WASHINGTON —The Department of the Interior today announced that Montana's 56 county governments will receive a total of $40.3 million in Payments in Lieu of Taxes (PILT) funding for 2023. Because local governments cannot tax federal lands, annual PILT payments help to defray the costs associated with maintaining important community services.

PILT payments are made for tax-exempt federal lands administered by the Department’s bureaus, including the Bureau of Land Management, Bureau of Reclamation, U.S. Fish and Wildlife Service, and National Park Service. In addition, PILT payments cover federal lands administered by the U.S. Forest Service, the U.S. Army Corps of Engineers, and the Utah Reclamation Mitigation and Conservation Commission. Payments are calculated based on the number of acres of federal land within each county or jurisdiction and the population of that county or jurisdiction.

Here's the amount each of our local counties can expect:

  • CASCADE CO.    $587,265                   (215,692acres)
  • CHOUTEAU CO. $461,800                   (155,618 acres)
  • GLACIER CO.      $1,240,084               (401,839acres)
  • HILL CO.              $144,617                   (47,558acres)
  • LIBERTY CO.      $98,239                      (33,634acres)
  • PONDERA CO.    $297,172                    (108,698acres)
  • TETON CO.         $803,789                    (284,426acres)
  • TOOLE CO.         $95,692                      (45,779acres)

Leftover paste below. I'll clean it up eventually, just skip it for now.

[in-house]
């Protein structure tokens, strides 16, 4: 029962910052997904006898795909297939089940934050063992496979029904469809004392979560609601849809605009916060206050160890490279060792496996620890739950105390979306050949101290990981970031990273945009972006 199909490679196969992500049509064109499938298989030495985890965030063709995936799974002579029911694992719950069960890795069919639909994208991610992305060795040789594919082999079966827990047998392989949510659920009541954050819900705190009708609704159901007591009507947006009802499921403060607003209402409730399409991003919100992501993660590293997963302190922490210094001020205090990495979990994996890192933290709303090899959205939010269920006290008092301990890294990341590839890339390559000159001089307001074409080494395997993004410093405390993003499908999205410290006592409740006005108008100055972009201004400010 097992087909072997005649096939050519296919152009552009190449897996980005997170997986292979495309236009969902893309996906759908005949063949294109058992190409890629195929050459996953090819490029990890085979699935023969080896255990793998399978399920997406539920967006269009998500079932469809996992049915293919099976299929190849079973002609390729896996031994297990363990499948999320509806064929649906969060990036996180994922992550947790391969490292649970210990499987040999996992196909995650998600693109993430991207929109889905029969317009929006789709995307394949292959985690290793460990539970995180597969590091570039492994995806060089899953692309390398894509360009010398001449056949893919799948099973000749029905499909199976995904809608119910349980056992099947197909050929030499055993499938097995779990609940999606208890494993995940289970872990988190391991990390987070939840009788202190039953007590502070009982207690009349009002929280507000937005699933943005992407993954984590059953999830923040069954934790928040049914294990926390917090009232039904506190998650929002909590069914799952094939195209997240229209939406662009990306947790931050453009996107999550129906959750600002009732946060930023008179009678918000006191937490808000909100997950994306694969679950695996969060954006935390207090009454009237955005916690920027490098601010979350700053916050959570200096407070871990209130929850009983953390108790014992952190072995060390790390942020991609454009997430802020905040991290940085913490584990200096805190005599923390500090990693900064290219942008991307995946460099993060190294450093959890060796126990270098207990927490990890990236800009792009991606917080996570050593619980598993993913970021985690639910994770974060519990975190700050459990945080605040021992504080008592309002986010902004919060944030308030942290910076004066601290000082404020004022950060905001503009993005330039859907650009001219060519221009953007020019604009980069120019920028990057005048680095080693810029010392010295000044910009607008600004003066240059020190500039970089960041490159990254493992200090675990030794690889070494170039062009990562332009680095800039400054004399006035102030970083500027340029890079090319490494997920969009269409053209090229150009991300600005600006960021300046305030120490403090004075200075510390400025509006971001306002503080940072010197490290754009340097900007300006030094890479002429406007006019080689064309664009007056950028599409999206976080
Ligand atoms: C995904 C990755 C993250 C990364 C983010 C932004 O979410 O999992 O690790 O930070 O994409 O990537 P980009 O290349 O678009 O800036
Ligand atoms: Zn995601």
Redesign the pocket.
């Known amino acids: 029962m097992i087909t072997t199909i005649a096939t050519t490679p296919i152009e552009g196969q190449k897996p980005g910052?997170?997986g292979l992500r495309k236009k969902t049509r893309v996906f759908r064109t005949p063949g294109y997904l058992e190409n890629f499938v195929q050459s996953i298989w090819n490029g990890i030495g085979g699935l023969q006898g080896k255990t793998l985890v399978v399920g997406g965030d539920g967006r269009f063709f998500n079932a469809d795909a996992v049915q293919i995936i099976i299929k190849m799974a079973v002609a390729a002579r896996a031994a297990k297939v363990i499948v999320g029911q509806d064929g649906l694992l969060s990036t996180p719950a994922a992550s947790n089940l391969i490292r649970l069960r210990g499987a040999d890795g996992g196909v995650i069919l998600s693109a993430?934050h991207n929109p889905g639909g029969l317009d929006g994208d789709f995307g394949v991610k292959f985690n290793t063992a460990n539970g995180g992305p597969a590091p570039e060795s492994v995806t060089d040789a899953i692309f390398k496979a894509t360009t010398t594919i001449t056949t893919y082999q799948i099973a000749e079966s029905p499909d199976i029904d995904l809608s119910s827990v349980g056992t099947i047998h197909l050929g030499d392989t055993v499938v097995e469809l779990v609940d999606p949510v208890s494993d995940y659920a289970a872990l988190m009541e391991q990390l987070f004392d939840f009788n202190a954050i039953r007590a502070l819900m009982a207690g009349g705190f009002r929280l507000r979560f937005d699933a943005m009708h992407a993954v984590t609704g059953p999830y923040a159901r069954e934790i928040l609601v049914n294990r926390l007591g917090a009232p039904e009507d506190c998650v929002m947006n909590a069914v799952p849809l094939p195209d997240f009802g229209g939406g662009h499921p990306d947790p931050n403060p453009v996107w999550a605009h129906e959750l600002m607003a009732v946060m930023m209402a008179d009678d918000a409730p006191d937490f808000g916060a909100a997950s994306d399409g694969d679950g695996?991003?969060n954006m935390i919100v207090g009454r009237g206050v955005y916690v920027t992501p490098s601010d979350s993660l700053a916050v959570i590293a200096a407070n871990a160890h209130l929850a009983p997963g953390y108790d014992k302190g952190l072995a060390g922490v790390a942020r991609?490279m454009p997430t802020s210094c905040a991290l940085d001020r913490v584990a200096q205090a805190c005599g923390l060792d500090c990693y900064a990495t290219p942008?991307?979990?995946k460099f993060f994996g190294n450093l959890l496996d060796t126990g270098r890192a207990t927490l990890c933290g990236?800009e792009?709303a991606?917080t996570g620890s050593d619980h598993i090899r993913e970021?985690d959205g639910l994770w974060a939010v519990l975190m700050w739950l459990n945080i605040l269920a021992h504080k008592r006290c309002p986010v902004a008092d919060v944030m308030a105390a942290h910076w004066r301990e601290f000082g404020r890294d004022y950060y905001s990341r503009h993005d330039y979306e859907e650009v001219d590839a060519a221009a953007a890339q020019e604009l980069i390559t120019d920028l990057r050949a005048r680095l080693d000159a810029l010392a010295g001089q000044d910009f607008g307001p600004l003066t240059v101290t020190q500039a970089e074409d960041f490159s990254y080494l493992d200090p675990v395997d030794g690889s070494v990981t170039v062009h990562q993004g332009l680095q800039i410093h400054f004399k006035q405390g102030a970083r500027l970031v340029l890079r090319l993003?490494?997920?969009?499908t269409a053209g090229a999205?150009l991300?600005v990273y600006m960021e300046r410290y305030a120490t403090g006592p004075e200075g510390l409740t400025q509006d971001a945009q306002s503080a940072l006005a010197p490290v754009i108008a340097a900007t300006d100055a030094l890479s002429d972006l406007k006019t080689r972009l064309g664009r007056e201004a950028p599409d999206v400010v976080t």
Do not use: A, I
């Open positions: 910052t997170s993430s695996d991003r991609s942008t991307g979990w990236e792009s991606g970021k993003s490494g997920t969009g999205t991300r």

The full list of payments to Montana Counties is available HERE.

Since PILT payments began in 1977, the Department has distributed nearly $11.4 billion to states, the District of Columbia, Puerto Rico, Guam, and the U.S. Virgin Islands.

The Department collects more than $26.3 billion in revenue annually from commercial activities on public lands. A portion of that revenue is shared with states and counties. The balance is deposited into the U.S. Treasury, which, in turn, pays for a broad array of federal activities, including PILT funding.

Individual payments may vary from year to year as a result of changes in acreage data, which are updated annually by the federal agency administering the land; prior-year federal revenue-sharing payments reported annually by the governor of each state; inflationary adjustments using the Consumer Price Index; and population data, which are updated using information from the U.S. Census Bureau.

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